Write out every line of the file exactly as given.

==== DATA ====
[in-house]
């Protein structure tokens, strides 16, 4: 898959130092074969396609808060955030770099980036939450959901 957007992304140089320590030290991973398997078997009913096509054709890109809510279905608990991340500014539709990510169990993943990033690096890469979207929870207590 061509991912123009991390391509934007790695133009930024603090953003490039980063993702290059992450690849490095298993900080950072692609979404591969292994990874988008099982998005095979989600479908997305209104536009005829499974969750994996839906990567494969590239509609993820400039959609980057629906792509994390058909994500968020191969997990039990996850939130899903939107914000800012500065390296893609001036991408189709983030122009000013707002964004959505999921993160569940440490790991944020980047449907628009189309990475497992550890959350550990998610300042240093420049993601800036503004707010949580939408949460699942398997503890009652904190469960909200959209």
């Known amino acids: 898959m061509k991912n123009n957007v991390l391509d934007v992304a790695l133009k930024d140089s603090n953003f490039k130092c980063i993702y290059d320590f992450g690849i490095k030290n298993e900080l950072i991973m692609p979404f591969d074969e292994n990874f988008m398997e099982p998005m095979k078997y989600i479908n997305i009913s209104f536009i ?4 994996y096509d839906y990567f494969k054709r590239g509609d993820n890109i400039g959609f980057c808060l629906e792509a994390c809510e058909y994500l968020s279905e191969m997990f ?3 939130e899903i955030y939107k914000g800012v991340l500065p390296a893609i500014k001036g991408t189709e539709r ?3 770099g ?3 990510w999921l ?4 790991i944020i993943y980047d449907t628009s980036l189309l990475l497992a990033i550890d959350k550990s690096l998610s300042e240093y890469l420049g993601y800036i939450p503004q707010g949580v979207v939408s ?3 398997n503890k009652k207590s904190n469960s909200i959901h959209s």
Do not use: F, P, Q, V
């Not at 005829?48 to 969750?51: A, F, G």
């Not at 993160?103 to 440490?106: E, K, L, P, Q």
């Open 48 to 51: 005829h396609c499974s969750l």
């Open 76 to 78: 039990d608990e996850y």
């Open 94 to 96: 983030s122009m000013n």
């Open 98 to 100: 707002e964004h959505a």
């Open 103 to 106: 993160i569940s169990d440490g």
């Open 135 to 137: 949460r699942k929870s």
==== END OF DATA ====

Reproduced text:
[in-house]
């Protein structure tokens, strides 16, 4: 898959130092074969396609808060955030770099980036939450959901 957007992304140089320590030290991973398997078997009913096509054709890109809510279905608990991340500014539709990510169990993943990033690096890469979207929870207590 061509991912123009991390391509934007790695133009930024603090953003490039980063993702290059992450690849490095298993900080950072692609979404591969292994990874988008099982998005095979989600479908997305209104536009005829499974969750994996839906990567494969590239509609993820400039959609980057629906792509994390058909994500968020191969997990039990996850939130899903939107914000800012500065390296893609001036991408189709983030122009000013707002964004959505999921993160569940440490790991944020980047449907628009189309990475497992550890959350550990998610300042240093420049993601800036503004707010949580939408949460699942398997503890009652904190469960909200959209």
């Known amino acids: 898959m061509k991912n123009n957007v991390l391509d934007v992304a790695l133009k930024d140089s603090n953003f490039k130092c980063i993702y290059d320590f992450g690849i490095k030290n298993e900080l950072i991973m692609p979404f591969d074969e292994n990874f988008m398997e099982p998005m095979k078997y989600i479908n997305i009913s209104f536009i ?4 994996y096509d839906y990567f494969k054709r590239g509609d993820n890109i400039g959609f980057c808060l629906e792509a994390c809510e058909y994500l968020s279905e191969m997990f ?3 939130e899903i955030y939107k914000g800012v991340l500065p390296a893609i500014k001036g991408t189709e539709r ?3 770099g ?3 990510w999921l ?4 790991i944020i993943y980047d449907t628009s980036l189309l990475l497992a990033i550890d959350k550990s690096l998610s300042e240093y890469l420049g993601y800036i939450p503004q707010g949580v979207v939408s ?3 398997n503890k009652k207590s904190n469960s909200i959901h959209s």
Do not use: F, P, Q, V
């Not at 005829?48 to 969750?51: A, F, G």
């Not at 993160?103 to 440490?106: E, K, L, P, Q």
């Open 48 to 51: 005829h396609c499974s969750l």
């Open 76 to 78: 039990d608990e996850y």
């Open 94 to 96: 983030s122009m000013n």
């Open 98 to 100: 707002e964004h959505a």
């Open 103 to 106: 993160i569940s169990d440490g």
């Open 135 to 137: 949460r699942k929870s």